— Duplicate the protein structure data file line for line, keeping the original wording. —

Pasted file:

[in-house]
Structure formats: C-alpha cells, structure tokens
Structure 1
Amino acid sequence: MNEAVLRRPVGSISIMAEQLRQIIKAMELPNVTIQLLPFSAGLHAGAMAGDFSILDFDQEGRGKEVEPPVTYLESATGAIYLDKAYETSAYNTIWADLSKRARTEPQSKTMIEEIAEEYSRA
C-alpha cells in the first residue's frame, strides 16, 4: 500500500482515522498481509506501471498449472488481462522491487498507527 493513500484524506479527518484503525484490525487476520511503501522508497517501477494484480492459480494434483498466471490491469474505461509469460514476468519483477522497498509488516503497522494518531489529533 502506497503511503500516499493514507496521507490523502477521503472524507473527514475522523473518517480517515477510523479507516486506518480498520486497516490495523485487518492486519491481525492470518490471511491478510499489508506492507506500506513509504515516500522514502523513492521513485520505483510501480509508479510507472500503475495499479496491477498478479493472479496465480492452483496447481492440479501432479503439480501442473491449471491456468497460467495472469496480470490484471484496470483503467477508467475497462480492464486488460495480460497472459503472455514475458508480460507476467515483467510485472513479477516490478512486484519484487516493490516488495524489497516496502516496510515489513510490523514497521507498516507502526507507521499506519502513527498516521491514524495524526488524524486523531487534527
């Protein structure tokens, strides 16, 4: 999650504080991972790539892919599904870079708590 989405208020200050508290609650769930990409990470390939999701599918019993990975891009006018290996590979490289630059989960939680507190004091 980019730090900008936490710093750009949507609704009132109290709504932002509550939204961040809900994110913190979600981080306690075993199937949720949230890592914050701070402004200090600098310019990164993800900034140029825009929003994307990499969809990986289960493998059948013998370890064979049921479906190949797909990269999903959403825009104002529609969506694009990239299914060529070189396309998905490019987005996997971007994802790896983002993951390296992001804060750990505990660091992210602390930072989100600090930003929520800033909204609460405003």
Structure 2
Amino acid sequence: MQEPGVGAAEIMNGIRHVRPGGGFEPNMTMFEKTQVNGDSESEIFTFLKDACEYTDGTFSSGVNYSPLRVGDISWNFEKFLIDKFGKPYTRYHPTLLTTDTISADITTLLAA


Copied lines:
[in-house]
Structure formats: C-alpha cells, structure tokens
Structure 1
Amino acid sequence: MNEAVLRRPVGSISIMAEQLRQIIKAMELPNVTIQLLPFSAGLHAGAMAGDFSILDFDQEGRGKEVEPPVTYLESATGAIYLDKAYETSAYNTIWADLSKRARTEPQSKTMIEEIAEEYSRA
C-alpha cells in the first residue's frame, strides 16, 4: 500500500482515522498481509506501471498449472488481462522491487498507527 493513500484524506479527518484503525484490525487476520511503501522508497517501477494484480492459480494434483498466471490491469474505461509469460514476468519483477522497498509488516503497522494518531489529533 502506497503511503500516499493514507496521507490523502477521503472524507473527514475522523473518517480517515477510523479507516486506518480498520486497516490495523485487518492486519491481525492470518490471511491478510499489508506492507506500506513509504515516500522514502523513492521513485520505483510501480509508479510507472500503475495499479496491477498478479493472479496465480492452483496447481492440479501432479503439480501442473491449471491456468497460467495472469496480470490484471484496470483503467477508467475497462480492464486488460495480460497472459503472455514475458508480460507476467515483467510485472513479477516490478512486484519484487516493490516488495524489497516496502516496510515489513510490523514497521507498516507502526507507521499506519502513527498516521491514524495524526488524524486523531487534527
């Protein structure tokens, strides 16, 4: 999650504080991972790539892919599904870079708590 989405208020200050508290609650769930990409990470390939999701599918019993990975891009006018290996590979490289630059989960939680507190004091 980019730090900008936490710093750009949507609704009132109290709504932002509550939204961040809900994110913190979600981080306690075993199937949720949230890592914050701070402004200090600098310019990164993800900034140029825009929003994307990499969809990986289960493998059948013998370890064979049921479906190949797909990269999903959403825009104002529609969506694009990239299914060529070189396309998905490019987005996997971007994802790896983002993951390296992001804060750990505990660091992210602390930072989100600090930003929520800033909204609460405003």
Structure 2
Amino acid sequence: MQEPGVGAAEIMNGIRHVRPGGGFEPNMTMFEKTQVNGDSESEIFTFLKDACEYTDGTFSSGVNYSPLRVGDISWNFEKFLIDKFGKPYTRYHPTLLTTDTISADITTLLAA